Subido por Javier Martinez

Guia de programcion de Caret

caret Package
Cheat Sheet
Specifying the Model
Possible syntaxes for specifying the variables in the model:
train(y ~ x1 + x2, data = dat, ...)
train(x = predictor_df, y = outcome_vector, ...)
train(recipe_object, data = dat, ...)
Performance Metrics
Transformations, filters, and other operations can be applied to
the predictors with the preProc option.
To choose how to summarize a model, the trainControl
function is used again.
train(, preProc = c("method1", "method2"), ...)
trainControl(summaryFunction = <R function>,
classProbs = <logical>)
Methods include:
Custom R functions can be used but caret includes several:
defaultSummary (for accuracy, RMSE, etc), twoClassSummary
(for ROC curves), and prSummary (for information retrieval). For
the last two functions, the option classProbs must be set to
• "center", "scale", and "range" to normalize predictors.
• "BoxCox", "YeoJohnson", or "expoTrans" to transform
• "knnImpute", "bagImpute", or "medianImpute" to
Grid Search
• rfe, sbf, gafs, and safs only have the x/y interface.
• "corr", "nzv", "zv", and "conditionalX" to filter.
• The train formula method will always create dummy
• "pca", "ica", or "spatialSign" to transform groups.
• The x/y interface to train will not create dummy variables
(but the underlying model function might).
methods are declared does not matter.
To let train determine the values of the tuning parameter(s), the
tuneLength option controls how many values per tuning
parameter to evaluate.
The recipes package has a more extensive list of preprocessing
Alternatively, specific values of the tuning parameters can be
declared using the tuneGrid argument:
Remember to:
• Have column names in your data.
train determines the order of operations; the order that the
• Use factors for a classification outcome (not 0/1 or integers).
Adding Options
• Have valid R names for class levels (not “0"/"1")
• Set the random number seed prior to calling train repeatedly
to get the same resamples across calls.
• Use the train option na.action = na.pass if you will
being imputing missing data. Also, use this option when
predicting new data containing missing values.
Many train options can be specified using the trainControl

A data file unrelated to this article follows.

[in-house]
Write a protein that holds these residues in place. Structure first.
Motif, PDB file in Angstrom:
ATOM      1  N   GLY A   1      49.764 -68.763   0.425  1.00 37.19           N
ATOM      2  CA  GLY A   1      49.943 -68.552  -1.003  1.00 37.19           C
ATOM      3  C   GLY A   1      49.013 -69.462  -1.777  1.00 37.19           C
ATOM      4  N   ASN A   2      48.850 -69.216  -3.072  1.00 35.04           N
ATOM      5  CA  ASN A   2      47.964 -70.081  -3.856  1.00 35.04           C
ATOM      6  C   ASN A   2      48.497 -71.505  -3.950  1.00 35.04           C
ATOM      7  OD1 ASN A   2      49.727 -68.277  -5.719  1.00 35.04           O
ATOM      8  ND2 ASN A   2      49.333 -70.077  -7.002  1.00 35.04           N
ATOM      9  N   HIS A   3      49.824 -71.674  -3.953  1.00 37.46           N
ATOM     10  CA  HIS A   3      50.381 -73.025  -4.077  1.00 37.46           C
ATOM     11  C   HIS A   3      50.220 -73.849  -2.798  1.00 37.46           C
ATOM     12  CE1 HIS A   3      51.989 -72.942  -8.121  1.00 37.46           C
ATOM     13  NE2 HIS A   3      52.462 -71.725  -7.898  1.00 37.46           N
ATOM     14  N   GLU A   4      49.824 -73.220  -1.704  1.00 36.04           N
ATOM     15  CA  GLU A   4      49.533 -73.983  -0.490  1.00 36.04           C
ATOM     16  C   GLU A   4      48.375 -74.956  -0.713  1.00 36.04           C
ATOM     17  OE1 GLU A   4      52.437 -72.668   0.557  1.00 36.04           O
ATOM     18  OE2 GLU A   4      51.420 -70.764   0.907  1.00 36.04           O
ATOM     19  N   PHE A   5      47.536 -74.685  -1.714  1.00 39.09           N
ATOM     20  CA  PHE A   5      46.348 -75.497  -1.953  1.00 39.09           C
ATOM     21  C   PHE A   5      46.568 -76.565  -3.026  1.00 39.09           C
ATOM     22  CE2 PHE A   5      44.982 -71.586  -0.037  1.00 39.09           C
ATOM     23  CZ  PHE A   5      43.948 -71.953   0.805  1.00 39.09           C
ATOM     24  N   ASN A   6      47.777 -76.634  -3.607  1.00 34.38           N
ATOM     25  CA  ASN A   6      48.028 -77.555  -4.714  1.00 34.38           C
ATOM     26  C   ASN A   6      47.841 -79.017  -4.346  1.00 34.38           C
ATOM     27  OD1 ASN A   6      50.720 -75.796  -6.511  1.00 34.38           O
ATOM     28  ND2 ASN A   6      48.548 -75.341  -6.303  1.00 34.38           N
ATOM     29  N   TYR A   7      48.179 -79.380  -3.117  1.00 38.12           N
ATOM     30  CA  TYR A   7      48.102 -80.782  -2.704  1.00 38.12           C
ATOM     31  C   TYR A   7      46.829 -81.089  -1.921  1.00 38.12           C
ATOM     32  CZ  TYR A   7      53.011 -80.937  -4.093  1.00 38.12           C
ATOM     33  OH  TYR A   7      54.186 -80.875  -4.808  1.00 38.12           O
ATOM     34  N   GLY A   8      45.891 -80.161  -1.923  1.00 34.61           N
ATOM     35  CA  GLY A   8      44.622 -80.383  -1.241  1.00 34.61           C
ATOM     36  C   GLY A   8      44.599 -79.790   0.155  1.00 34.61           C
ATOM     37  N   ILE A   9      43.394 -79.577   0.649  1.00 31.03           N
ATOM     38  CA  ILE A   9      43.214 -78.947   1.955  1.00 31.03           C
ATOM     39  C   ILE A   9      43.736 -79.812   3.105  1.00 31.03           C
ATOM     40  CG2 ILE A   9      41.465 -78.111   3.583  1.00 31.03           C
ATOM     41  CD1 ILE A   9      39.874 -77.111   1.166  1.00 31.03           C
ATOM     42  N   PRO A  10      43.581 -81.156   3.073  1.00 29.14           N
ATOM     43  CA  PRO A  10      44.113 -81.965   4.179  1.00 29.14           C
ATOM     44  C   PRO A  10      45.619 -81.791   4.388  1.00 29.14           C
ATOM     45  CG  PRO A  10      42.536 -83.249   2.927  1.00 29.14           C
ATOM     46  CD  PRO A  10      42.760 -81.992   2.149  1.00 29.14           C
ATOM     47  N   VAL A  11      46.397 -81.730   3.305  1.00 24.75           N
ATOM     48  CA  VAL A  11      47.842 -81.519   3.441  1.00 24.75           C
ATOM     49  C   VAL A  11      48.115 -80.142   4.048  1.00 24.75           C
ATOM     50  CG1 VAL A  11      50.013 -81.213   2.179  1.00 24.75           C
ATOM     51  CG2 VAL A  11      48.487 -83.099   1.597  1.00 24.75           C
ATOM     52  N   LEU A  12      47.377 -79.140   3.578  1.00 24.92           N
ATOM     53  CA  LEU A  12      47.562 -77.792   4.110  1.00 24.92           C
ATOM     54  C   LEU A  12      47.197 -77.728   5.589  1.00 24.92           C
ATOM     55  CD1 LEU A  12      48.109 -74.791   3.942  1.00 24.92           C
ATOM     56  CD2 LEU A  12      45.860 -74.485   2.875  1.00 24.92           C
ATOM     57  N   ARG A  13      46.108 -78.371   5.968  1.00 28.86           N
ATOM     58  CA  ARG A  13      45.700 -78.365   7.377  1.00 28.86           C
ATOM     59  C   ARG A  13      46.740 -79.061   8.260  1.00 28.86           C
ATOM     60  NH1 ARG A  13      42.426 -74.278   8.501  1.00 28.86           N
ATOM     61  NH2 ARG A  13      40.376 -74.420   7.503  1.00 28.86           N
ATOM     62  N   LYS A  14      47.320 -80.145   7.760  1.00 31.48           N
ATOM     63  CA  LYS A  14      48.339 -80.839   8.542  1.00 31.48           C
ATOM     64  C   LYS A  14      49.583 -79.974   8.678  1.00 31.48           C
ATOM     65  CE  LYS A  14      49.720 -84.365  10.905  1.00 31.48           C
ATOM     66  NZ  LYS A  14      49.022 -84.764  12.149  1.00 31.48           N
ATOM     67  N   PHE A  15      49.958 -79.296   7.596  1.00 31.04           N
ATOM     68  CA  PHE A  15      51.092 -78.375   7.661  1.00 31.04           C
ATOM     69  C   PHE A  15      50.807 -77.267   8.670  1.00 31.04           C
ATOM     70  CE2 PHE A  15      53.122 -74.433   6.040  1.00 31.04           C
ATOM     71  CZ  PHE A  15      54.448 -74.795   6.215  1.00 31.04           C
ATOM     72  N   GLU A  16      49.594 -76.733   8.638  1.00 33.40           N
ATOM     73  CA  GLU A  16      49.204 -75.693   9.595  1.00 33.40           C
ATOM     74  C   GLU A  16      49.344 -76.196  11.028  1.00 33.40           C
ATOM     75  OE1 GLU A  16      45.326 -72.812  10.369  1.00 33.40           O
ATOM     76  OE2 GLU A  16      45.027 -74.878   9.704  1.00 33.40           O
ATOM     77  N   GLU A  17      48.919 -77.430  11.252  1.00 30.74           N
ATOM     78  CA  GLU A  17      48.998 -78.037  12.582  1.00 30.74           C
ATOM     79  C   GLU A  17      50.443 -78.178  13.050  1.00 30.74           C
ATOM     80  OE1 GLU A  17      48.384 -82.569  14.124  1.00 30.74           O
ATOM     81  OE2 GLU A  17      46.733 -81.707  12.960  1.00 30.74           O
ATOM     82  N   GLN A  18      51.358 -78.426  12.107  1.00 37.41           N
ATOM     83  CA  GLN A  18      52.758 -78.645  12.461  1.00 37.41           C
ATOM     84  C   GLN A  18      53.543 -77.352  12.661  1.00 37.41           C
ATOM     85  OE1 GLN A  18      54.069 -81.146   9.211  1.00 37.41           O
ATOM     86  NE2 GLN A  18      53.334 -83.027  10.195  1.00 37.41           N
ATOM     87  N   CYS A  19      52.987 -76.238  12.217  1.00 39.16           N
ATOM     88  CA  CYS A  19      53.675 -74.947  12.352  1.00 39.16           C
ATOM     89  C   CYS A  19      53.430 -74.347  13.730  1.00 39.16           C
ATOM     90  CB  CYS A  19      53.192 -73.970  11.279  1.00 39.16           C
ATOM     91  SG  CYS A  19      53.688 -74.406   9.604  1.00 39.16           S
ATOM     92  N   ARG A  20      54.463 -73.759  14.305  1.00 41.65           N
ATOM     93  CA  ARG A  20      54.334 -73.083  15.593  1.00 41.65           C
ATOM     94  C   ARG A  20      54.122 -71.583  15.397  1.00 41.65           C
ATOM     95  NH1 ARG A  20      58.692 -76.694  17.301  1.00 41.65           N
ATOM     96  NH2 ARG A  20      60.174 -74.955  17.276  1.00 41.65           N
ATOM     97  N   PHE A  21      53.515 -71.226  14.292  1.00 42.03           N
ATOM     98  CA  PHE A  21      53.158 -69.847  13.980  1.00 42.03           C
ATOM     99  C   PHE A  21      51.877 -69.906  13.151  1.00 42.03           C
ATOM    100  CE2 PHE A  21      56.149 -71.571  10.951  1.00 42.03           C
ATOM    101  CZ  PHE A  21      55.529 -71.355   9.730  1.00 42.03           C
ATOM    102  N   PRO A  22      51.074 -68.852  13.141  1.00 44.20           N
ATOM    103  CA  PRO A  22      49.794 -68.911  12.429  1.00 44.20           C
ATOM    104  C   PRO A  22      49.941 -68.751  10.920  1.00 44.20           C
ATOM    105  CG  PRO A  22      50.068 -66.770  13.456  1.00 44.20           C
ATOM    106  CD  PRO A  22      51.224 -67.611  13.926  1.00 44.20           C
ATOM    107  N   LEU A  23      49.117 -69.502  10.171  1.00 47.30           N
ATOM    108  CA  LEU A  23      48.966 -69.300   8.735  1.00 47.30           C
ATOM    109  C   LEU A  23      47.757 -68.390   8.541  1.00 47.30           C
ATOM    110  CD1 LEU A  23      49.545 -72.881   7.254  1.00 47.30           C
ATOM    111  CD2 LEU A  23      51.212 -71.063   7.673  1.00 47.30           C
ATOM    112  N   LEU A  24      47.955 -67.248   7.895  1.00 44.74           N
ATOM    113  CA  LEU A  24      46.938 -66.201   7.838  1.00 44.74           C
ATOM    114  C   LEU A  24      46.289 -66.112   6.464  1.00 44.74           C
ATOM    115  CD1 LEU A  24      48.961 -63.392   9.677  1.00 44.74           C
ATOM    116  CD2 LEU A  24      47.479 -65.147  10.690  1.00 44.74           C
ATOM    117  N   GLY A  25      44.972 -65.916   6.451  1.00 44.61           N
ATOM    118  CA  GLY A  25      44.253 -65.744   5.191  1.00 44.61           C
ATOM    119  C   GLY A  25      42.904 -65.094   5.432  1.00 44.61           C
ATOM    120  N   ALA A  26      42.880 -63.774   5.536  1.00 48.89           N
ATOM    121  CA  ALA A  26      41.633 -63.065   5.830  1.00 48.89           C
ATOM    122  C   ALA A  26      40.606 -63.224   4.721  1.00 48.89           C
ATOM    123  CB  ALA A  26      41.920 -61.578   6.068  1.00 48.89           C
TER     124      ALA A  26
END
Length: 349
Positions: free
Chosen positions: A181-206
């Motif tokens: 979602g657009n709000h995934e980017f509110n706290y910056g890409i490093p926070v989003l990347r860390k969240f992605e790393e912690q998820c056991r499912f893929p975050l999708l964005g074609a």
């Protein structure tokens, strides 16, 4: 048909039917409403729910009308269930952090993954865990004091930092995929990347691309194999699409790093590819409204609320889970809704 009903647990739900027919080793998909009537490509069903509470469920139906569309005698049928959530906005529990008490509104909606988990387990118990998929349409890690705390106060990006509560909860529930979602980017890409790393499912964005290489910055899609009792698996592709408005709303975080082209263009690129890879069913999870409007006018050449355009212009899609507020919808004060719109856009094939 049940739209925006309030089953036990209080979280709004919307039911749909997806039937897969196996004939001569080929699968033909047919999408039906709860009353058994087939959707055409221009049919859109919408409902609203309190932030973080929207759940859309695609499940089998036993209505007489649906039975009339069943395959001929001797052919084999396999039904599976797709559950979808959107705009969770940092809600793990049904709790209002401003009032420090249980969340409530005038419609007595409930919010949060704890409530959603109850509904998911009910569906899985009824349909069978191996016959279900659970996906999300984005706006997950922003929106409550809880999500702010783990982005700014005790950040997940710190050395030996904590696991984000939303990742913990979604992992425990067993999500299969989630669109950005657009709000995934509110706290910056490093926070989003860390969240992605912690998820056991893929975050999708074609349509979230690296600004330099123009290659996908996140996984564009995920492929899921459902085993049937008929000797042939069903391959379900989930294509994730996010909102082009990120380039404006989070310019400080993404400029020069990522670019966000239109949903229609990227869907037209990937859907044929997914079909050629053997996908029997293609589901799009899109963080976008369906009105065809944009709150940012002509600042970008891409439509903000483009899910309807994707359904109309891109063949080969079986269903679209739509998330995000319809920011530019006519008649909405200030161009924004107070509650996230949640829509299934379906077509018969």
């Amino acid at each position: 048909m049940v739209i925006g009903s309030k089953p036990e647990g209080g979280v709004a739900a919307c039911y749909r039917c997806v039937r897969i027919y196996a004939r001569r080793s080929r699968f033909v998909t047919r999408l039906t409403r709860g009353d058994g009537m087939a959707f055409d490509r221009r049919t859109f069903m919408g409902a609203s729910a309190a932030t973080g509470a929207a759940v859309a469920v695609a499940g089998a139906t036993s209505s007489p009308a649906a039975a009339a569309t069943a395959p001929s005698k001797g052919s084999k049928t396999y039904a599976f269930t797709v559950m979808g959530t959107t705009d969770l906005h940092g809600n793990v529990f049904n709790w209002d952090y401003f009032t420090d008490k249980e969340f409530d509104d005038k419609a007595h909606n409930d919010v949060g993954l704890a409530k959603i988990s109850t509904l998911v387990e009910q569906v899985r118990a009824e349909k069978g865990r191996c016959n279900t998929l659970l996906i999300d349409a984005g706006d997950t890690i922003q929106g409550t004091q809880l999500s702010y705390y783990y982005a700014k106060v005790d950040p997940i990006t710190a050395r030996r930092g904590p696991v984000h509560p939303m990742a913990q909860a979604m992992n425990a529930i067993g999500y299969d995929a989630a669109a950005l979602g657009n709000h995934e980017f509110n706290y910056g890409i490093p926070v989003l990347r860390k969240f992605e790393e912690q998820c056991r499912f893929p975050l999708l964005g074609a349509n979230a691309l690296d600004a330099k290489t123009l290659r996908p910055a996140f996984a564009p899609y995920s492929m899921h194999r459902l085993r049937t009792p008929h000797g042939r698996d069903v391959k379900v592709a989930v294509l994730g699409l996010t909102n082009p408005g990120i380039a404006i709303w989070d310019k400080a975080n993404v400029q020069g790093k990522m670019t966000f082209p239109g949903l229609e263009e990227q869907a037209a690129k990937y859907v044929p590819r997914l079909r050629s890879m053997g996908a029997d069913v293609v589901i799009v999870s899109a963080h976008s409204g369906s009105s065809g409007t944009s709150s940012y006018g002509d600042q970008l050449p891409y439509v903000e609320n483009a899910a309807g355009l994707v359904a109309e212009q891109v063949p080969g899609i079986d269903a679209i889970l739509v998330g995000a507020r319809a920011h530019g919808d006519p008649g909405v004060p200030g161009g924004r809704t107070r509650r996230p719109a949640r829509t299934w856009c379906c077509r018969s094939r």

train(y ~ ., data = dat, method = "cubist",
trControl = trainControl(<options>))
To pass options to the underlying model function, you can pass
them to train via the ellipses:
train(y ~ ., data = dat, method = "rf",
# options to `randomForest`:
importance = TRUE)
Parallel Processing
The foreach package is used to run models in parallel. The
train code does not change but a “do” package must be called
# on MacOS or Linux
# on Windows
cl <- makeCluster(2)
The function parallel::detectCores can help too.
CC BY SA Max Kuhn • [email protected] •
Resampling Options
trainControl is used to choose a resampling method:
trainControl(method = <method>, <options>)
Methods and options are:
• "cv" for K-fold cross-validation (number sets the # folds).
• "repeatedcv" for repeated cross-validation (repeats for #
• "boot" for bootstrap (number sets the iterations).
• "LGOCV" for leave-group-out (number and p are options).
grid <- expand.grid(alpha = c(0.1, 0.5, 0.9),
lambda = c(0.001, 0.01))
train(x = x, y = y, method = "glmnet",
preProc = c("center", "scale"),
tuneGrid = grid)
Random Search
For tuning, train can also generate random tuning parameter
combinations over a wide range. tuneLength controls the total
number of combinations to evaluate. To use random search:
trainControl(search = "random")
With a large class imbalance, train can subsample the data to
balance the classes them prior to model fitting.
• "LOO" for leave-one-out cross-validation.
trainControl(sampling = "down")
• "oob" for out-of-bag resampling (only for some models).
Other values are "up", "smote", or "rose". The latter two may
require additional package installs.
• "timeslice" for time-series data (options are
initialWindow, horizon, fixedWindow, and skip).
Learn more at • Updated: 9/17